“Metaphysics is a restaurant where they give you a thirty thousand page menu, and no food” – Robert M. Pirsig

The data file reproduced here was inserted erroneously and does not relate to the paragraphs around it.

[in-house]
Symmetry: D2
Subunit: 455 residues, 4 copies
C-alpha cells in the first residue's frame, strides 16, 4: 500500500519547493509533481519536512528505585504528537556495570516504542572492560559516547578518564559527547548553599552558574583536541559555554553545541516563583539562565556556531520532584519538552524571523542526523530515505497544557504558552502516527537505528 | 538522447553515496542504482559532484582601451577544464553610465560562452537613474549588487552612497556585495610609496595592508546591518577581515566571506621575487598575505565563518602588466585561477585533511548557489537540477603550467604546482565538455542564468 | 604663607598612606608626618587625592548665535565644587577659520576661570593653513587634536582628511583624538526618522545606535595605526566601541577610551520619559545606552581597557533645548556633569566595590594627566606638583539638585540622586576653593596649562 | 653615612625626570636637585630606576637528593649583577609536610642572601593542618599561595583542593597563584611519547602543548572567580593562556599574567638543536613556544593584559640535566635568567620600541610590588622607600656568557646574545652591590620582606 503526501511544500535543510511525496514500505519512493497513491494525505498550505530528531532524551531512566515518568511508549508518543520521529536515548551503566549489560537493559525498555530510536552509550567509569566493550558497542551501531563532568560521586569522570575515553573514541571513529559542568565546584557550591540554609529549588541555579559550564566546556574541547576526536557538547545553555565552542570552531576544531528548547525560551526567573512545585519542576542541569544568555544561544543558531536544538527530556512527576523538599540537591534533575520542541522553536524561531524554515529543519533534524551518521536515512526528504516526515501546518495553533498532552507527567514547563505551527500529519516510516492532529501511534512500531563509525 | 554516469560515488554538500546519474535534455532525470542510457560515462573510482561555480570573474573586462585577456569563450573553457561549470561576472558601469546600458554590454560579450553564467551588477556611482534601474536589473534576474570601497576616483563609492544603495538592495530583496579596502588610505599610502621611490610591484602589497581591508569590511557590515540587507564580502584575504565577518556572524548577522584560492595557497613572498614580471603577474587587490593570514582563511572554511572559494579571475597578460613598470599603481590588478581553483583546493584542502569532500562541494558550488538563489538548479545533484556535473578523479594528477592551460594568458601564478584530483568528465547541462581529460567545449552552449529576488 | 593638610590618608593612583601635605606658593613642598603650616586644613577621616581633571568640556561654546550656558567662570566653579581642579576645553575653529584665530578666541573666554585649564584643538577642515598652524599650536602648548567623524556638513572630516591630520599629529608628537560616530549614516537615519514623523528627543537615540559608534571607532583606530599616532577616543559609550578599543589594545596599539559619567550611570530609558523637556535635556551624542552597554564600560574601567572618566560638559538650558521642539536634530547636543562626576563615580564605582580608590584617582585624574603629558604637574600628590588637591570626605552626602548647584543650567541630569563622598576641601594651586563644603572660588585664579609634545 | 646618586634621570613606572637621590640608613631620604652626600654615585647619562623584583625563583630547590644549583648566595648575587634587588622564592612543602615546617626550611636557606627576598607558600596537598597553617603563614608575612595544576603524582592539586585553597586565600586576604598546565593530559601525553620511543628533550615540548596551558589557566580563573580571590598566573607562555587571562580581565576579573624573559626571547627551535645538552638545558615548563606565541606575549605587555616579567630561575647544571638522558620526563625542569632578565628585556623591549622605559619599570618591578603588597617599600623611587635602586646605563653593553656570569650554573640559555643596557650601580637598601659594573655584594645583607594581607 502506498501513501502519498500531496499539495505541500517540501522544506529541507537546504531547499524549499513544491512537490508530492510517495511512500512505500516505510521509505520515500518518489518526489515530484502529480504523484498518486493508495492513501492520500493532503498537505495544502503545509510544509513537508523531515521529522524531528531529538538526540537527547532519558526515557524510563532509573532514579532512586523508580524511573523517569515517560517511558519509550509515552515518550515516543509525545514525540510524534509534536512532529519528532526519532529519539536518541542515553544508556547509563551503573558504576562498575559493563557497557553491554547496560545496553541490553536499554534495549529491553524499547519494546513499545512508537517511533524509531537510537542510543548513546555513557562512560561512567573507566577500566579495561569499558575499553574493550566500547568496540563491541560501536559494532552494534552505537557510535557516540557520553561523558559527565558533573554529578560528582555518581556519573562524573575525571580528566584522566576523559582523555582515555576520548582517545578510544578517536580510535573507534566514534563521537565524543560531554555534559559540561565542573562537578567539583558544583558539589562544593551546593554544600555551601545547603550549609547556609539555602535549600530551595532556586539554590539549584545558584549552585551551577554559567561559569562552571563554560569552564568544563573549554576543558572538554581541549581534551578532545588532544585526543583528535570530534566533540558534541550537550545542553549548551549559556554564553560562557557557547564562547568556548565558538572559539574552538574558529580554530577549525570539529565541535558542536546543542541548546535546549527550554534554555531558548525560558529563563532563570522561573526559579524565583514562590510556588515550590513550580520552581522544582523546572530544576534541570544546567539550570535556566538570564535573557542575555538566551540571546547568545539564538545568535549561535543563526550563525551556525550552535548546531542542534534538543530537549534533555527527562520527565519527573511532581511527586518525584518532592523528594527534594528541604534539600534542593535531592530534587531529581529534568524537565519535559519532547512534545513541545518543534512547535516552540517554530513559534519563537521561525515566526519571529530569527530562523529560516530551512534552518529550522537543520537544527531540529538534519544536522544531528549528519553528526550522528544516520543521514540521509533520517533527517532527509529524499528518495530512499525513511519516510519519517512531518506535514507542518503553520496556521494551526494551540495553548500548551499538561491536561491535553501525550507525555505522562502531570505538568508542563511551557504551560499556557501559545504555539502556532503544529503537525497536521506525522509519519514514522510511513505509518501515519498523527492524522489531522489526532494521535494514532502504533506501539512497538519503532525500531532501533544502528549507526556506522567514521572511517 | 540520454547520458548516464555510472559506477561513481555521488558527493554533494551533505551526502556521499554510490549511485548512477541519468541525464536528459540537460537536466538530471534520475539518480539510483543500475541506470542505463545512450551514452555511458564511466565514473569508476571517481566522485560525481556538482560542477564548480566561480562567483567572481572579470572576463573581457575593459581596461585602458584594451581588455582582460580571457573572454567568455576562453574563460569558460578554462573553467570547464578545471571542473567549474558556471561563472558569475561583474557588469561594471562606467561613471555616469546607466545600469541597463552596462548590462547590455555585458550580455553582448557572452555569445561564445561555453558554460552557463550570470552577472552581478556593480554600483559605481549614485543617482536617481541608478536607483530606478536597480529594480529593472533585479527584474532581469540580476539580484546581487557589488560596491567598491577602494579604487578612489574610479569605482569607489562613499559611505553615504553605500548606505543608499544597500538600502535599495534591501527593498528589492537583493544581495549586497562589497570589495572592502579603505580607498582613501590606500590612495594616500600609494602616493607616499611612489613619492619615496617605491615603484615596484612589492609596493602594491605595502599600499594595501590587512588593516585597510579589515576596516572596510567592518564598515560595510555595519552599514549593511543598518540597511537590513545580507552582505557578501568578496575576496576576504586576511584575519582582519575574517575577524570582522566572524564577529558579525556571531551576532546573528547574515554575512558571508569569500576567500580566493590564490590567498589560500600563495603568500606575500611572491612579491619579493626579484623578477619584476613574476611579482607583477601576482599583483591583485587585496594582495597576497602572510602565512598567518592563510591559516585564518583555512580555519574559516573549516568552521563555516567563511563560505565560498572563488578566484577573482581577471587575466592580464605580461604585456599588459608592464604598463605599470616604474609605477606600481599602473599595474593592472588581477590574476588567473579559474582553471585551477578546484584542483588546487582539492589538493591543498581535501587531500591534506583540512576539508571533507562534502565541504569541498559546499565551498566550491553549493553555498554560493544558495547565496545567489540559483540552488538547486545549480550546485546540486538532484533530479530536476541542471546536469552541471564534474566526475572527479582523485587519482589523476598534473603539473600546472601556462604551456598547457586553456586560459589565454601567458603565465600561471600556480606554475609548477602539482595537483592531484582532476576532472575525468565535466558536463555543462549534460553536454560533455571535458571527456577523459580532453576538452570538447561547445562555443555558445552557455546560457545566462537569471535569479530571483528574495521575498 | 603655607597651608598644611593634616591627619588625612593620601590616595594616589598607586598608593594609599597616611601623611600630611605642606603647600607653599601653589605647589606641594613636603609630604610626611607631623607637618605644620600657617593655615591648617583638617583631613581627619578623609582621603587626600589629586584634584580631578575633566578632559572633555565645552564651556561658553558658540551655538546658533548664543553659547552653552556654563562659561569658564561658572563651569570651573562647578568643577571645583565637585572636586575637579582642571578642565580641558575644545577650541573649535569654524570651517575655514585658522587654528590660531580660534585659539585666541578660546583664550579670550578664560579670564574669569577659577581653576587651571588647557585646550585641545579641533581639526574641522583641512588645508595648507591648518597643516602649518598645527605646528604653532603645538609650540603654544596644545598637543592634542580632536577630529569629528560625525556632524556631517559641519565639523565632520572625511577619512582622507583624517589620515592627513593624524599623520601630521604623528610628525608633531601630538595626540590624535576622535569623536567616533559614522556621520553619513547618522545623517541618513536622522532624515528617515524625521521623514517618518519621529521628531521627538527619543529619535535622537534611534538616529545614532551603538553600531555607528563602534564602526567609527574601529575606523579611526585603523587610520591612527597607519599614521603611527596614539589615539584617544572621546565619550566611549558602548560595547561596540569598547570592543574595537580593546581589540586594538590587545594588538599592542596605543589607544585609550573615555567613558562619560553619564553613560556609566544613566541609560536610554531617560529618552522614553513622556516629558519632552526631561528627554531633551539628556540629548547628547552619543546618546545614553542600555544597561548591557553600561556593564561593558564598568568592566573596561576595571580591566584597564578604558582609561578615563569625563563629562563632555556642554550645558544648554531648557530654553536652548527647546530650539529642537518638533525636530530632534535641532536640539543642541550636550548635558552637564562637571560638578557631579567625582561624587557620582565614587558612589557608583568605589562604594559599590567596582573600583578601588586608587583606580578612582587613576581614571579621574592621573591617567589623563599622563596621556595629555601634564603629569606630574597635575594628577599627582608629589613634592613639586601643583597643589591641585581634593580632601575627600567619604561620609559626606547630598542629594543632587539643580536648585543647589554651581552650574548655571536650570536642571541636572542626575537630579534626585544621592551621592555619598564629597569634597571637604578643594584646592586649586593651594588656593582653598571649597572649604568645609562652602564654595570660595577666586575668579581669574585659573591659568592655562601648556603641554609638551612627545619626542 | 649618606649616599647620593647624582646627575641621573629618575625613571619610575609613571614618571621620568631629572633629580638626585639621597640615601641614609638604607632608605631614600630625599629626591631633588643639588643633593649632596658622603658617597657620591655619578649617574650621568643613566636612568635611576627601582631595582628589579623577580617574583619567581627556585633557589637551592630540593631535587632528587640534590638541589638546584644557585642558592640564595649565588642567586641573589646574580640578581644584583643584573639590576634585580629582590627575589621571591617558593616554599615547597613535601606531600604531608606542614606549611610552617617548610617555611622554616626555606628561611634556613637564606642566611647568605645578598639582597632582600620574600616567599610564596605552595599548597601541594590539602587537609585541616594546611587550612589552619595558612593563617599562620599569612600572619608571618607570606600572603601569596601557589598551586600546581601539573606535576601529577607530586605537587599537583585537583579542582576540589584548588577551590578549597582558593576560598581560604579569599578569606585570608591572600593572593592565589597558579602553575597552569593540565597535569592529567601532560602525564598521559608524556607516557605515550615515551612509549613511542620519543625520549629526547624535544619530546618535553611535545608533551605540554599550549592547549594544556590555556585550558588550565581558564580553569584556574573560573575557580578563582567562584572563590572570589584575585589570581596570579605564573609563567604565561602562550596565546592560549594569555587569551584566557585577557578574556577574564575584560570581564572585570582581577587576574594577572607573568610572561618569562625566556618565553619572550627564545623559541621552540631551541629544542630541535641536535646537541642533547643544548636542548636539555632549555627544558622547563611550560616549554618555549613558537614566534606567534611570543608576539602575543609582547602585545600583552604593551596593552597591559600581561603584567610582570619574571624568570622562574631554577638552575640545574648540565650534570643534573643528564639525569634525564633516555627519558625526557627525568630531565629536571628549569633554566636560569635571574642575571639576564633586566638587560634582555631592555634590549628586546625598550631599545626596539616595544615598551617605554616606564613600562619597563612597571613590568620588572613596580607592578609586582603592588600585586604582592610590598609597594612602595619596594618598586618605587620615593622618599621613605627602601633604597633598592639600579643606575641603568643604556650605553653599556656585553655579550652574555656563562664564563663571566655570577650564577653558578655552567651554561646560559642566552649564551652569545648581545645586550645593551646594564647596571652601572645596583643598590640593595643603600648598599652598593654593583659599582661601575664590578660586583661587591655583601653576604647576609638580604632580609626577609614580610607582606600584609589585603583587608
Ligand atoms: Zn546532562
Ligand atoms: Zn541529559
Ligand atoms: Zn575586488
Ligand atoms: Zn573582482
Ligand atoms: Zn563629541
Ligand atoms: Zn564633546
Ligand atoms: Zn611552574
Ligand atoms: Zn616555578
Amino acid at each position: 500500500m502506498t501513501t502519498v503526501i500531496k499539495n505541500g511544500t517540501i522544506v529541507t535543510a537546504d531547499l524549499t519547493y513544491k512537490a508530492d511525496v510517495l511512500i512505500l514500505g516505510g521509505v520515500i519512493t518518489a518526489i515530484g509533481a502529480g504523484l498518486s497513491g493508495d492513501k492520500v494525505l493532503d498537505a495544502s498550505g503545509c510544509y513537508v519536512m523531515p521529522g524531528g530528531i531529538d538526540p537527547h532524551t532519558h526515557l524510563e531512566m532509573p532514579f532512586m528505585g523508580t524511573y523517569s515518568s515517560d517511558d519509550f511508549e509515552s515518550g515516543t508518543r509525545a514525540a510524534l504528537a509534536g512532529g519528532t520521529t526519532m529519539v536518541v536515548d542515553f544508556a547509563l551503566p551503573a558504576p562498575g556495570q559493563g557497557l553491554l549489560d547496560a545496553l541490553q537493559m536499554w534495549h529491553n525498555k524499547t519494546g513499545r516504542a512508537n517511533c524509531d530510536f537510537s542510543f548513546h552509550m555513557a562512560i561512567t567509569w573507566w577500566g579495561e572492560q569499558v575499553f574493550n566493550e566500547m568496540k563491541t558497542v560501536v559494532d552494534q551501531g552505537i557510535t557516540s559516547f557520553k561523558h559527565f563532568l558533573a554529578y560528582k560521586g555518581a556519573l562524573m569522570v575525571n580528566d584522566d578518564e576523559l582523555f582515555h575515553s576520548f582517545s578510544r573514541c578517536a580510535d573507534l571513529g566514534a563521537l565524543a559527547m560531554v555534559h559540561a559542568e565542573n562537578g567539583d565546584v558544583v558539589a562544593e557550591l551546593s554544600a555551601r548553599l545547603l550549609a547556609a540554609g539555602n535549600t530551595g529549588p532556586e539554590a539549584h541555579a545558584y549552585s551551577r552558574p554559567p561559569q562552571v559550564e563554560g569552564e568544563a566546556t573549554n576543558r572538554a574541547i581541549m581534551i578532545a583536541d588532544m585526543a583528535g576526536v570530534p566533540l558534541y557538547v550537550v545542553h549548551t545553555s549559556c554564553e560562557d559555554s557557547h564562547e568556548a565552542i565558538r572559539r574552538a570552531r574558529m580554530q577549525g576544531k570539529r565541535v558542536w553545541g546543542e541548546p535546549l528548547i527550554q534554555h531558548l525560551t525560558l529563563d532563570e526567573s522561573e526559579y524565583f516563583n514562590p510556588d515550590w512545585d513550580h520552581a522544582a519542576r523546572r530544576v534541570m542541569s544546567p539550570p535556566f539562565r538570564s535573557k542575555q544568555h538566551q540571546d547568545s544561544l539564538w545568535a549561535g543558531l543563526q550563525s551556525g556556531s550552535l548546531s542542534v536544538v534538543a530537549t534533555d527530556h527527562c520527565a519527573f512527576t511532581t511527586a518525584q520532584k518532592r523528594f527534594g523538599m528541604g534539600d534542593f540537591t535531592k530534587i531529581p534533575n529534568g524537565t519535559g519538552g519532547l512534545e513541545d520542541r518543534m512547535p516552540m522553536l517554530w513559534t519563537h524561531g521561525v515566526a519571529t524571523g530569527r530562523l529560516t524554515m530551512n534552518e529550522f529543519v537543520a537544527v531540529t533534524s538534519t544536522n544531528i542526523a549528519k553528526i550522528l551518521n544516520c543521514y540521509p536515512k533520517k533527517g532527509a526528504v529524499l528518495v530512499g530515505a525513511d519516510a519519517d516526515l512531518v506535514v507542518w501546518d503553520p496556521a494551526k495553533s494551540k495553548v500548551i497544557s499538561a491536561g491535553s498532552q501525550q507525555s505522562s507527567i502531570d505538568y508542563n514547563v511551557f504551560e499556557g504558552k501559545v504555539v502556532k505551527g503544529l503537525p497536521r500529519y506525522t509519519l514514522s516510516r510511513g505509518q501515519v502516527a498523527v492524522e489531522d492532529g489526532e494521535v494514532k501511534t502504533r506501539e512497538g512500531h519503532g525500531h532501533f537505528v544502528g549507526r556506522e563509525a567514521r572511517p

I just treated myself to a heavenly hibachi steak with tempura asparagus, shitake mushrooms, and wasabi mashed potatoes accompanied by a tasty Bordeaux and a few rounds of Halo with my son for dessert. I could die happy. Well, at least slightly lest angst-ridden than usual. In the warm glow of a good meal and the cultivation of marksmanship (and awareness of the need to be prepared in the event of alien invasion) in the next generation, I find myself wondering what our many mythological gods eat throughout history. I mean, it’s great to be divine and omnipotent, but what if the buffet sucks? Talk about making a hell out of heaven. Obviously, the epicurean inclinations of any particular set of gods is going to depend on their cultural preferences, but maybe we can pick up some dietary tips that will aid us in our own quest for enlightenment. What is on the immortal menu?